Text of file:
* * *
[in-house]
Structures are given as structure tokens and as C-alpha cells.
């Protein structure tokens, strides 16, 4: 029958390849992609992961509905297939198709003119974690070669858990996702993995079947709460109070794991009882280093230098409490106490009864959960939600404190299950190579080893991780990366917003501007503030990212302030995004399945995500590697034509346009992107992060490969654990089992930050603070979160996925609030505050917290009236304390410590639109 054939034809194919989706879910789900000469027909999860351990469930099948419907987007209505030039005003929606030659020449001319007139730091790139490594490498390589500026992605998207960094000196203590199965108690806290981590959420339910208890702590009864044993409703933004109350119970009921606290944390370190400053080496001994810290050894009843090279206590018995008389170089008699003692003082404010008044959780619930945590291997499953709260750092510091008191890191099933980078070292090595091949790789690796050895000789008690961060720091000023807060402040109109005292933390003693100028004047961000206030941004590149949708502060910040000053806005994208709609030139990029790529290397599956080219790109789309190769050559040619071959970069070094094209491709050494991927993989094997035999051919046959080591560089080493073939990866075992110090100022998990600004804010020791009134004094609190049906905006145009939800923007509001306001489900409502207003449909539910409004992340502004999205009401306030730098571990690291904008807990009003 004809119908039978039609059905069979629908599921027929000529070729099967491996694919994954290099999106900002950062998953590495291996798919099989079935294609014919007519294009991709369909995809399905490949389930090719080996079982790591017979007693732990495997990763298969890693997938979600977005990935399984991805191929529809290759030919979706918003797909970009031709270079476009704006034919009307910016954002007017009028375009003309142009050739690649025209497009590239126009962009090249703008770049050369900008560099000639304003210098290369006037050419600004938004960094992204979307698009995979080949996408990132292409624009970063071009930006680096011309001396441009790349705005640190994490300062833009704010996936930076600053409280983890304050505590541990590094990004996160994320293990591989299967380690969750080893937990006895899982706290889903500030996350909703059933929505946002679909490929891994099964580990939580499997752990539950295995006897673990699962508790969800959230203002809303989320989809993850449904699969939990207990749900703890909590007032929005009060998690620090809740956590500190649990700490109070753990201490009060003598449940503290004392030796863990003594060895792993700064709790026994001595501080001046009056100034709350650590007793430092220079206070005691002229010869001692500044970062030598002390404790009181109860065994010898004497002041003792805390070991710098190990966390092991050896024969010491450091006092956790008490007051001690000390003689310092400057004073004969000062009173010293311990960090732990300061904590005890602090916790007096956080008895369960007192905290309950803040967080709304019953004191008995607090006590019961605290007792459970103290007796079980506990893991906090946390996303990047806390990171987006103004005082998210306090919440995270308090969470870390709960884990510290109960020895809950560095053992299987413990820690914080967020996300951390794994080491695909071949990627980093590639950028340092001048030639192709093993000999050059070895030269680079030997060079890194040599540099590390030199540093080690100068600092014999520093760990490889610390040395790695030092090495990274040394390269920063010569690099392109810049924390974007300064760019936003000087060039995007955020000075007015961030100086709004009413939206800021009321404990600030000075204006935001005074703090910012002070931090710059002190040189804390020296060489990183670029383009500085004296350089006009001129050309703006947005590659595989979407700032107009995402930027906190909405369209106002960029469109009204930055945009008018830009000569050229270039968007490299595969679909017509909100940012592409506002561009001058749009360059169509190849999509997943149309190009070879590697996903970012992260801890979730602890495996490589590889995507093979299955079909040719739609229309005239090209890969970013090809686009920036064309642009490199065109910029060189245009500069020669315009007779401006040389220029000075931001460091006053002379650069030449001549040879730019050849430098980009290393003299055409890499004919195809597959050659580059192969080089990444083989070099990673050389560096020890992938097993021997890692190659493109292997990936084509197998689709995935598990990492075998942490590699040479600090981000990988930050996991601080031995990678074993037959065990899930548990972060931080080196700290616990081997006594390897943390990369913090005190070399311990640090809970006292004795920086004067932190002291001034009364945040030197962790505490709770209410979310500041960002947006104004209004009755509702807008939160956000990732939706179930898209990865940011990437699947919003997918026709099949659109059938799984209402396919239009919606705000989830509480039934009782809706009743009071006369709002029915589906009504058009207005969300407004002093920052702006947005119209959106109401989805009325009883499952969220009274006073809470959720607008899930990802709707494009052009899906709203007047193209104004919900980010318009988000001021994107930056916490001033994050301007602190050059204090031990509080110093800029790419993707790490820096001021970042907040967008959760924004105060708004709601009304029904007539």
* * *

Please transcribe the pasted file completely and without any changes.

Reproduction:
[in-house]
Structures are given as structure tokens and as C-alpha cells.
């Protein structure tokens, strides 16, 4: 029958390849992609992961509905297939198709003119974690070669858990996702993995079947709460109070794991009882280093230098409490106490009864959960939600404190299950190579080893991780990366917003501007503030990212302030995004399945995500590697034509346009992107992060490969654990089992930050603070979160996925609030505050917290009236304390410590639109 054939034809194919989706879910789900000469027909999860351990469930099948419907987007209505030039005003929606030659020449001319007139730091790139490594490498390589500026992605998207960094000196203590199965108690806290981590959420339910208890702590009864044993409703933004109350119970009921606290944390370190400053080496001994810290050894009843090279206590018995008389170089008699003692003082404010008044959780619930945590291997499953709260750092510091008191890191099933980078070292090595091949790789690796050895000789008690961060720091000023807060402040109109005292933390003693100028004047961000206030941004590149949708502060910040000053806005994208709609030139990029790529290397599956080219790109789309190769050559040619071959970069070094094209491709050494991927993989094997035999051919046959080591560089080493073939990866075992110090100022998990600004804010020791009134004094609190049906905006145009939800923007509001306001489900409502207003449909539910409004992340502004999205009401306030730098571990690291904008807990009003 004809119908039978039609059905069979629908599921027929000529070729099967491996694919994954290099999106900002950062998953590495291996798919099989079935294609014919007519294009991709369909995809399905490949389930090719080996079982790591017979007693732990495997990763298969890693997938979600977005990935399984991805191929529809290759030919979706918003797909970009031709270079476009704006034919009307910016954002007017009028375009003309142009050739690649025209497009590239126009962009090249703008770049050369900008560099000639304003210098290369006037050419600004938004960094992204979307698009995979080949996408990132292409624009970063071009930006680096011309001396441009790349705005640190994490300062833009704010996936930076600053409280983890304050505590541990590094990004996160994320293990591989299967380690969750080893937990006895899982706290889903500030996350909703059933929505946002679909490929891994099964580990939580499997752990539950295995006897673990699962508790969800959230203002809303989320989809993850449904699969939990207990749900703890909590007032929005009060998690620090809740956590500190649990700490109070753990201490009060003598449940503290004392030796863990003594060895792993700064709790026994001595501080001046009056100034709350650590007793430092220079206070005691002229010869001692500044970062030598002390404790009181109860065994010898004497002041003792805390070991710098190990966390092991050896024969010491450091006092956790008490007051001690000390003689310092400057004073004969000062009173010293311990960090732990300061904590005890602090916790007096956080008895369960007192905290309950803040967080709304019953004191008995607090006590019961605290007792459970103290007796079980506990893991906090946390996303990047806390990171987006103004005082998210306090919440995270308090969470870390709960884990510290109960020895809950560095053992299987413990820690914080967020996300951390794994080491695909071949990627980093590639950028340092001048030639192709093993000999050059070895030269680079030997060079890194040599540099590390030199540093080690100068600092014999520093760990490889610390040395790695030092090495990274040394390269920063010569690099392109810049924390974007300064760019936003000087060039995007955020000075007015961030100086709004009413939206800021009321404990600030000075204006935001005074703090910012002070931090710059002190040189804390020296060489990183670029383009500085004296350089006009001129050309703006947005590659595989979407700032107009995402930027906190909405369209106002960029469109009204930055945009008018830009000569050229270039968007490299595969679909017509909100940012592409506002561009001058749009360059169509190849999509997943149309190009070879590697996903970012992260801890979730602890495996490589590889995507093979299955079909040719739609229309005239090209890969970013090809686009920036064309642009490199065109910029060189245009500069020669315009007779401006040389220029000075931001460091006053002379650069030449001549040879730019050849430098980009290393003299055409890499004919195809597959050659580059192969080089990444083989070099990673050389560096020890992938097993021997890692190659493109292997990936084509197998689709995935598990990492075998942490590699040479600090981000990988930050996991601080031995990678074993037959065990899930548990972060931080080196700290616990081997006594390897943390990369913090005190070399311990640090809970006292004795920086004067932190002291001034009364945040030197962790505490709770209410979310500041960002947006104004209004009755509702807008939160956000990732939706179930898209990865940011990437699947919003997918026709099949659109059938799984209402396919239009919606705000989830509480039934009782809706009743009071006369709002029915589906009504058009207005969300407004002093920052702006947005119209959106109401989805009325009883499952969220009274006073809470959720607008899930990802709707494009052009899906709203007047193209104004919900980010318009988000001021994107930056916490001033994050301007602190050059204090031990509080110093800029790419993707790490820096001021970042907040967008959760924004105060708004709601009304029904007539």